Will President Trump take a new approach on student loan debt?

Will the ability to discharge student loan debt in bankrutpcy change?

President Donald Trump has taken a very active approach to a number of different issues. Thus far, his administration has aggressively fought against requests to forgive outstanding student loan debt with a petition for relief through bankruptcy. This stance may be in flux.

Announcement may signal a potential change in the administration's stance on student loans and bankruptcy: A recent announcement has both financial and legal professionals wondering if this stance could change.

The announcement involves a review of the process used when a borrower moves forward with bankruptcy. The United States Department of Education recently requested public comment on the issue. More specifically, the group is looking into what loan holders take into consideration when evaluating a request from a borrower to forgive the debt through a bankruptcy proceeding.

As noted in a previous article, there are instances when a bankruptcy petition can result in the discharge of student loan debt. Unfortunately, it is difficult to qualify for this form of relief. Essentially, the borrower must establish that repayment of the loan would result in undue hardship. Examples that generally meet this requirement include poverty and permanent disability.

The Department may relax this requirement. As noted in a recent piece in Market Watch, the Department has stated that it is looking to ensure that those who qualify for bankruptcy are not "inadvertently discouraged" from an attempt to discharge student loan debt.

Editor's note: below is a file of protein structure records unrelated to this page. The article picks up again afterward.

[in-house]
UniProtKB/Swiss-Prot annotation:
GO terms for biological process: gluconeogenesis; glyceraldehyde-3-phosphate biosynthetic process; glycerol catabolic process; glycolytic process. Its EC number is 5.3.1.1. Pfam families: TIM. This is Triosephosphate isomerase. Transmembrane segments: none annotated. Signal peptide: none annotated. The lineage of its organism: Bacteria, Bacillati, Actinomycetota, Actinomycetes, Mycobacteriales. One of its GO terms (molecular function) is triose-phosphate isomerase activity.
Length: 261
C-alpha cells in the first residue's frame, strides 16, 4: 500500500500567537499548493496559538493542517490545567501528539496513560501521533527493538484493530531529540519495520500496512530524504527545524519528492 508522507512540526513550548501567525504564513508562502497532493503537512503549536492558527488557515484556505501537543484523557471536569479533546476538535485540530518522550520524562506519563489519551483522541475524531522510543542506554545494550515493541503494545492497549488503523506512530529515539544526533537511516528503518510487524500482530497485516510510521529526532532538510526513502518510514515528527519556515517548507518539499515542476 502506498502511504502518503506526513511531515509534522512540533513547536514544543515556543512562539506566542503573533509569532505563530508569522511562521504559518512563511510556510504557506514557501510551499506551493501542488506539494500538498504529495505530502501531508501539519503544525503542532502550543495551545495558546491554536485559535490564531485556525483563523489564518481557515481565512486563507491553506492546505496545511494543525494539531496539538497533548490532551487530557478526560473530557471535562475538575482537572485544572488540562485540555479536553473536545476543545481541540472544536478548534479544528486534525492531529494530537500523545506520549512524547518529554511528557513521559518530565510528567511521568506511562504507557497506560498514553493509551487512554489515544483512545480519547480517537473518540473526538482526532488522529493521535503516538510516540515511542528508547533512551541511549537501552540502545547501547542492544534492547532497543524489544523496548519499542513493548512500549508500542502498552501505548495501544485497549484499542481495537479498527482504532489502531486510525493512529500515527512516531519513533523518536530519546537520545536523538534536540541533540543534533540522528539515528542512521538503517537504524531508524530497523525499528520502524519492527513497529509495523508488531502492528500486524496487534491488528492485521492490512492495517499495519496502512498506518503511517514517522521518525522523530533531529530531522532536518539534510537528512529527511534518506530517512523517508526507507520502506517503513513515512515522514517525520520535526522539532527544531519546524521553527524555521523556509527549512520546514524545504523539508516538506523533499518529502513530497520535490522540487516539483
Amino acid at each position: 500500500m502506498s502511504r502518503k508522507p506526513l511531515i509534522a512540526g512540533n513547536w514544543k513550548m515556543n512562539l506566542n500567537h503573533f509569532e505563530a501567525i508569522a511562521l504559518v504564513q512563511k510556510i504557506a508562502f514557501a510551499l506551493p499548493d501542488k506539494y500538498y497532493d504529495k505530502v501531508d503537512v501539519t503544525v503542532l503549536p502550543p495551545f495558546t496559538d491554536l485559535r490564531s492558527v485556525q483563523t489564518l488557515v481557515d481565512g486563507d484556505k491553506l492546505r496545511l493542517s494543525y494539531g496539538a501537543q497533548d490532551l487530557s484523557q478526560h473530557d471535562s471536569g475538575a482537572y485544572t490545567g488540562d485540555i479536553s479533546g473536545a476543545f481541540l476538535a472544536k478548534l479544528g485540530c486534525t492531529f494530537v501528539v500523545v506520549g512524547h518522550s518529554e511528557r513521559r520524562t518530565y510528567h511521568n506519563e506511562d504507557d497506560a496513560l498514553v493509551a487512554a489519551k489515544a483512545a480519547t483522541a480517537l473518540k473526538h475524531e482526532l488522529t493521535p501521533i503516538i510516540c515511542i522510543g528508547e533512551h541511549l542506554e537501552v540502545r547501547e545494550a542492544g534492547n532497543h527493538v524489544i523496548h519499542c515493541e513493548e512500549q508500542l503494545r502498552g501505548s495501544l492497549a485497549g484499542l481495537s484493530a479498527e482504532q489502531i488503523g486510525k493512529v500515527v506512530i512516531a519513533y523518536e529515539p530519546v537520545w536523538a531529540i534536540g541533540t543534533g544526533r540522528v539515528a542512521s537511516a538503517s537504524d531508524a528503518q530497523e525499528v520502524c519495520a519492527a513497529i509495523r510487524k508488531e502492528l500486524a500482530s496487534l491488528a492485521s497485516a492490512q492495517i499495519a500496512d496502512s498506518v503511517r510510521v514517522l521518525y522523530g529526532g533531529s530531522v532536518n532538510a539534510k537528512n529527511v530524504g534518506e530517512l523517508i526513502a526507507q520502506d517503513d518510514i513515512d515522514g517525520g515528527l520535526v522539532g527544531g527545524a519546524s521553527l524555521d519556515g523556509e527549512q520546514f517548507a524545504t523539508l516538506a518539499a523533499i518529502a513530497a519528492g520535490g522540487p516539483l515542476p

A second announcement fuels concern: Although this announcement appears promising, another announcement provides fuel for critics. United States Department of Education Secretary Betsy DeVos allegedly released an internal memo that addresses the attorneys generals in states that have sued student loan debt collectors for their deceiving and abusive practices. The memo appears to align the administration with the debt collectors - not the student borrowers.

Massachusetts Attorney General Maura Healey is one of many that has received word of this memo and is fighting back. She recently stated that the memo is an attempt to "stop states like Massachusetts and my office from holding companies accountable for ripping off students with predatory loan servicing practices."

Takeaway lesson for those with unmanageable student loan debt: Although the process may be in flux, it is important to keep in mind that those who have taken out student loans and are struggling to meet repayment obligations have options. Although it is difficult to tell if the requirements to discharge the debt in bankruptcy will relax, it remains important to discuss this option with an attorney. Legal counsel experienced with these laws can review your situation and give you a clear picture of your options.